By now I'm sure you've heard that General Motors is dropping the Oldsmobile line in 2002.
Olds has been around since 1897, the oldest American car brand, and second only to Mercedes-Benz in longevity. Olds was also a force in the early days of NASCAR, but in today's dog-eat-dog automotive market, the brand just wasn't robust enough to cut it anymore.
I have fond personal memories of Oldsmobiles, which my father drove while I was in the early stages of "car awareness." In fact, I learned to drive in the last Oldsmobile he owned, a blue and white 1954 Super 88. Every now and then I'll see one at Hot August Nights, or the Silver Dollar Car Classic or another car show, and memories come flooding back. Yes, it was "my father's Oldsmobile," and I for one will miss it.
Of course, the demise of Olds has repercussions for racing, particularly for the Indy Racing League. The Olds Aurora power plant has been the engine of choice for the IRL for the past four years, although the Infiniti power plant finally showed its stuff last season with its first win. It appears that although the Olds Aurora name will be dropped after the 2001 season, there are contracts and structure in place that will keep GM supplying engines for the IRL.
It's even possible that Cadillac Northstar will be the badge on IRL GM engines in 2002 and beyond, especially since the Cadillac LeMans program has fallen on hard times. Whatever happens, you can be that Tony George and GM will figure some way that the smaller, cash-strapped IRL teams won't have to replace all their engines. At $100,000 a pop, that could cut the IRL field in half.
The situation could be good news for Infiniti, and even some other engine manufacturers, who might interpret GM's move as an opportunity for them to make some inroads with IRL teams. That could only be a good thing, as
competition will inevitably improve the technology. In fact, Ilmor Engineering, the firm that built the "Mercedes" engines for CART, is building GM-based power plants for Penske Racing's 2001 assault on the Indy 500, and Kelley Racing has also ordered some of the Ilmor units.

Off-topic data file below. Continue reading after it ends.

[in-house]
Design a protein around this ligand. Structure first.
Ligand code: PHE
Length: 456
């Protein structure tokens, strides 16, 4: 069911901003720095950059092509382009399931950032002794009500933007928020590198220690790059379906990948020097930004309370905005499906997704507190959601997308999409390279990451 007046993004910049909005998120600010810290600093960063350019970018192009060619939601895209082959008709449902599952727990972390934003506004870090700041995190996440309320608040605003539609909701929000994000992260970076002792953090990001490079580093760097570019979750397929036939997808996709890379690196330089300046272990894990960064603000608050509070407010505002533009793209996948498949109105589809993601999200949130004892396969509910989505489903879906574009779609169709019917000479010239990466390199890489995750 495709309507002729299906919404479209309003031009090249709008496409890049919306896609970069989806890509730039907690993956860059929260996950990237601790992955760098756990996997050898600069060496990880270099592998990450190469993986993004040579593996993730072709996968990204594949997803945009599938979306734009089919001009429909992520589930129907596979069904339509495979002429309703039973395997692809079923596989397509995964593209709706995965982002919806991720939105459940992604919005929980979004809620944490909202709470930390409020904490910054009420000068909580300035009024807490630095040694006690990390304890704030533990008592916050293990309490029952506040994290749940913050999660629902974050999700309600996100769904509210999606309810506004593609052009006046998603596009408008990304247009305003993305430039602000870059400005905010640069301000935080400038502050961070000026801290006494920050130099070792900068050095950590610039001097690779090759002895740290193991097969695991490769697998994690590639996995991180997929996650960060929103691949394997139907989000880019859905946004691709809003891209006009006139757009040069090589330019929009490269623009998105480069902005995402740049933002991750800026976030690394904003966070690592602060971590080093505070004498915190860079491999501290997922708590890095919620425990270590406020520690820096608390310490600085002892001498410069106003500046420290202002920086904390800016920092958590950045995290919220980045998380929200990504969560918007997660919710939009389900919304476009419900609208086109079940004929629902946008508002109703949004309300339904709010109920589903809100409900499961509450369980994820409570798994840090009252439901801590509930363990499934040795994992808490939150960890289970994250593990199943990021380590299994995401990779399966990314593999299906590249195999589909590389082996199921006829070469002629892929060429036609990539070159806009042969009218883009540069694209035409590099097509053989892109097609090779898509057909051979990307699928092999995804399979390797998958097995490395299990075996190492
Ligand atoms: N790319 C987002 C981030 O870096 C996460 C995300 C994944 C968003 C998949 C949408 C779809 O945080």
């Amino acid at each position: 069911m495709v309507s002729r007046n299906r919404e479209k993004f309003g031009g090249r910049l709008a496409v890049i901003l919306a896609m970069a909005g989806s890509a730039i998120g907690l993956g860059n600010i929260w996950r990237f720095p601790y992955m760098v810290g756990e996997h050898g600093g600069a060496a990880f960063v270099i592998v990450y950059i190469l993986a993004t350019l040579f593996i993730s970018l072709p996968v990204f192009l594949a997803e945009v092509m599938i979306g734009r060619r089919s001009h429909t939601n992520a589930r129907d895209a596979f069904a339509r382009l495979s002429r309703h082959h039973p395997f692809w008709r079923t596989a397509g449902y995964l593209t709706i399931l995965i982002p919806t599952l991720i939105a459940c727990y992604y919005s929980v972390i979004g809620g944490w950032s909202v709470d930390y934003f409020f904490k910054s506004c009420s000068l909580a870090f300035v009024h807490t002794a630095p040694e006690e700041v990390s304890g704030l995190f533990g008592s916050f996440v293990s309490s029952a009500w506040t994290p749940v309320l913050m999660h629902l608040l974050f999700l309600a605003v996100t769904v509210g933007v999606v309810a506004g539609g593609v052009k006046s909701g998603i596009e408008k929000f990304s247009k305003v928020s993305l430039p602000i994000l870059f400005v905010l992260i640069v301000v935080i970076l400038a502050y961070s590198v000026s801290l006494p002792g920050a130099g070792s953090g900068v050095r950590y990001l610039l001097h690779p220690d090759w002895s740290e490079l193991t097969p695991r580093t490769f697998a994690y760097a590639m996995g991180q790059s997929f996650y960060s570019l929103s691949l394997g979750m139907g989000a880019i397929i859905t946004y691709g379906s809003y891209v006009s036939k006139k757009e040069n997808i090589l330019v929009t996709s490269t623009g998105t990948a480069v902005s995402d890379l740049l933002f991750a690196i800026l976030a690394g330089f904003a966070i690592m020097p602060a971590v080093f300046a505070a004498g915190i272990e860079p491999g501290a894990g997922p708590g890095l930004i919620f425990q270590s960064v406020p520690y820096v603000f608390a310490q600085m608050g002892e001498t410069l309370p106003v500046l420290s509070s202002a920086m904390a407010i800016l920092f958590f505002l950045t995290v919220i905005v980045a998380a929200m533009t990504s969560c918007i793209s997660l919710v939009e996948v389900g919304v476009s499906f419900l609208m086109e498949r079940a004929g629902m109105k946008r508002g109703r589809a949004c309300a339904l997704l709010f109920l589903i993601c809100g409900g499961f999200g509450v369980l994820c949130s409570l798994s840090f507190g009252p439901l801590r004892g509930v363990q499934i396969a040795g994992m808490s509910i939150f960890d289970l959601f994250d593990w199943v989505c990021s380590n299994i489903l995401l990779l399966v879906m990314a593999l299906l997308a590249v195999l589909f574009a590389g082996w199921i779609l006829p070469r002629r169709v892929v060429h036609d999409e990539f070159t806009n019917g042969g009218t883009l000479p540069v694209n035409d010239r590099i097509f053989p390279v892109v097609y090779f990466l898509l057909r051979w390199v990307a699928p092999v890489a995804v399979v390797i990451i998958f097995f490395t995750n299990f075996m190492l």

I don't know how many of you are old enough to remember early T.V. star Howdy Doody. Howdy was wildly popular in his day, but not nearly as much so as his modern-day look alike, Bill Elliot. Elliot was once again voted Most Popular Driver in the fan poll conducted by the National Motorsports Press Association, for the umpteenth year in a row.
Even though Bill finished just out of the top 20 in points, and is abandoning Ford for Dodge next season, he still received almost 40 percent of the 280,000 votes cast, easily outdistancing second place Dale Earnhardt, who scored just over 16 percent. With that kind of numbers, there's no need for a recount.
Other drivers who received significant numbers of votes were Mark Martin, Jeff Gordon, and Bobby Labonte.
In addition to two more races for the 2001 season, NASCAR is also revamping the format for The Bud Shootout. Originating as the Busch Clash in 1979, the non-points event will be called the Budweiser Shootout at Daytona. Instead of the 25-lap format that has been the standard for the past few years, the race will be lengthened to 70 laps with a mandatory pit stop, and will be lengthened as necessary to finish under the green. When the announcement was made during the hoopla surrounding NASCAR's banquet at the Waldorf Astoria in New York, officials released the details one at a time. This prompted Dale Earnhardt to remark, "Send me the rules when you get done with them."
The field will consist of 2000 pole winners, as well as former winners of the event. Those include Earnhardt, Bill Elliott, Mark Martin, Geoffrey Bodine and Ken Schrader. Ted Musgrave won a starting spot from among second-round fast qualifiers at the announcement when his name was revealed under the cap of one of 15 Bud bottles. Don't ask.
Roger Diez is the Nevada Appeal motorsports columnist. Write to him at email@example.com.